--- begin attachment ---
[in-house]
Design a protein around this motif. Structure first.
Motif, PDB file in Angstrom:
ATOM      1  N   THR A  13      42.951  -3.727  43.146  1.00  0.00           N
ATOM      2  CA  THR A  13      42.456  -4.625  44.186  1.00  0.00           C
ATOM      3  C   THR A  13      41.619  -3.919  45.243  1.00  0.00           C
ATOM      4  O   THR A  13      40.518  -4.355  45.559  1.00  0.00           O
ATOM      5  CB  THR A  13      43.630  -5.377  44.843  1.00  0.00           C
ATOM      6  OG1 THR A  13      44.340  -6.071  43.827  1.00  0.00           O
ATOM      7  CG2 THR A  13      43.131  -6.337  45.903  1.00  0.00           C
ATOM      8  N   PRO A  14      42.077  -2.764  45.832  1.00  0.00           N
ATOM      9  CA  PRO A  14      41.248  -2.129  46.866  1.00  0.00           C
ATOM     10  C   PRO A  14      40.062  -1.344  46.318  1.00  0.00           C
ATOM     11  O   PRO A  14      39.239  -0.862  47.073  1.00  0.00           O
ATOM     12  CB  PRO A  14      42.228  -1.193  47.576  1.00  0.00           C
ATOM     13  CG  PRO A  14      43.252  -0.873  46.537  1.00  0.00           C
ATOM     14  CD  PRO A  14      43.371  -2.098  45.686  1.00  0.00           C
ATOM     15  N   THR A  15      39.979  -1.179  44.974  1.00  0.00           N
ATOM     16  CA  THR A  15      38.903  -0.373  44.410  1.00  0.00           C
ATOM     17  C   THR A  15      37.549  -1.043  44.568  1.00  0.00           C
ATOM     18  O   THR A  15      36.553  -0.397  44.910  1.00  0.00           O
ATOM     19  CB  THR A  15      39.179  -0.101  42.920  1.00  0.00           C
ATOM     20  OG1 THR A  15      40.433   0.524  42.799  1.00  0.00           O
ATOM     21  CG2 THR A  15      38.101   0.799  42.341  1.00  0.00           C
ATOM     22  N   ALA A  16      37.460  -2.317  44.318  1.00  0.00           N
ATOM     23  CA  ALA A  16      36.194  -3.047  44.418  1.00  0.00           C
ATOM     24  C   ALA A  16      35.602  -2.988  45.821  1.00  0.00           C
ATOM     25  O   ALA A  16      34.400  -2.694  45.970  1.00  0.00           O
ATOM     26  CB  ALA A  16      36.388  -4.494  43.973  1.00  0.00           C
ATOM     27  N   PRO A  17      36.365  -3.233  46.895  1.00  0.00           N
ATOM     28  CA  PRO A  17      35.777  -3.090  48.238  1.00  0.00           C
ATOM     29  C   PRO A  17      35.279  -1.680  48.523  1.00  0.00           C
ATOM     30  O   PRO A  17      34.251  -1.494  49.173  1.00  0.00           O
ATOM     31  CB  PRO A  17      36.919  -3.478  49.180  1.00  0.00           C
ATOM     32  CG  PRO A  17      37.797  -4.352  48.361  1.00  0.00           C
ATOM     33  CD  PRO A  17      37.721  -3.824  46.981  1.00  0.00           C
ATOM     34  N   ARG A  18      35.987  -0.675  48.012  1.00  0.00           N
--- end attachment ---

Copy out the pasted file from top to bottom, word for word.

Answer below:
[in-house]
Design a protein around this motif. Structure first.
Motif, PDB file in Angstrom:
ATOM      1  N   THR A  13      42.951  -3.727  43.146  1.00  0.00           N
ATOM      2  CA  THR A  13      42.456  -4.625  44.186  1.00  0.00           C
ATOM      3  C   THR A  13      41.619  -3.919  45.243  1.00  0.00           C
ATOM      4  O   THR A  13      40.518  -4.355  45.559  1.00  0.00           O
ATOM      5  CB  THR A  13      43.630  -5.377  44.843  1.00  0.00           C
ATOM      6  OG1 THR A  13      44.340  -6.071  43.827  1.00  0.00           O
ATOM      7  CG2 THR A  13      43.131  -6.337  45.903  1.00  0.00           C
ATOM      8  N   PRO A  14      42.077  -2.764  45.832  1.00  0.00           N
ATOM      9  CA  PRO A  14      41.248  -2.129  46.866  1.00  0.00           C
ATOM     10  C   PRO A  14      40.062  -1.344  46.318  1.00  0.00           C
ATOM     11  O   PRO A  14      39.239  -0.862  47.073  1.00  0.00           O
ATOM     12  CB  PRO A  14      42.228  -1.193  47.576  1.00  0.00           C
ATOM     13  CG  PRO A  14      43.252  -0.873  46.537  1.00  0.00           C
ATOM     14  CD  PRO A  14      43.371  -2.098  45.686  1.00  0.00           C
ATOM     15  N   THR A  15      39.979  -1.179  44.974  1.00  0.00           N
ATOM     16  CA  THR A  15      38.903  -0.373  44.410  1.00  0.00           C
ATOM     17  C   THR A  15      37.549  -1.043  44.568  1.00  0.00           C
ATOM     18  O   THR A  15      36.553  -0.397  44.910  1.00  0.00           O
ATOM     19  CB  THR A  15      39.179  -0.101  42.920  1.00  0.00           C
ATOM     20  OG1 THR A  15      40.433   0.524  42.799  1.00  0.00           O
ATOM     21  CG2 THR A  15      38.101   0.799  42.341  1.00  0.00           C
ATOM     22  N   ALA A  16      37.460  -2.317  44.318  1.00  0.00           N
ATOM     23  CA  ALA A  16      36.194  -3.047  44.418  1.00  0.00           C
ATOM     24  C   ALA A  16      35.602  -2.988  45.821  1.00  0.00           C
ATOM     25  O   ALA A  16      34.400  -2.694  45.970  1.00  0.00           O
ATOM     26  CB  ALA A  16      36.388  -4.494  43.973  1.00  0.00           C
ATOM     27  N   PRO A  17      36.365  -3.233  46.895  1.00  0.00           N
ATOM     28  CA  PRO A  17      35.777  -3.090  48.238  1.00  0.00           C
ATOM     29  C   PRO A  17      35.279  -1.680  48.523  1.00  0.00           C
ATOM     30  O   PRO A  17      34.251  -1.494  49.173  1.00  0.00           O
ATOM     31  CB  PRO A  17      36.919  -3.478  49.180  1.00  0.00           C
ATOM     32  CG  PRO A  17      37.797  -4.352  48.361  1.00  0.00           C
ATOM     33  CD  PRO A  17      37.721  -3.824  46.981  1.00  0.00           C
ATOM     34  N   ARG A  18      35.987  -0.675  48.012  1.00  0.00           N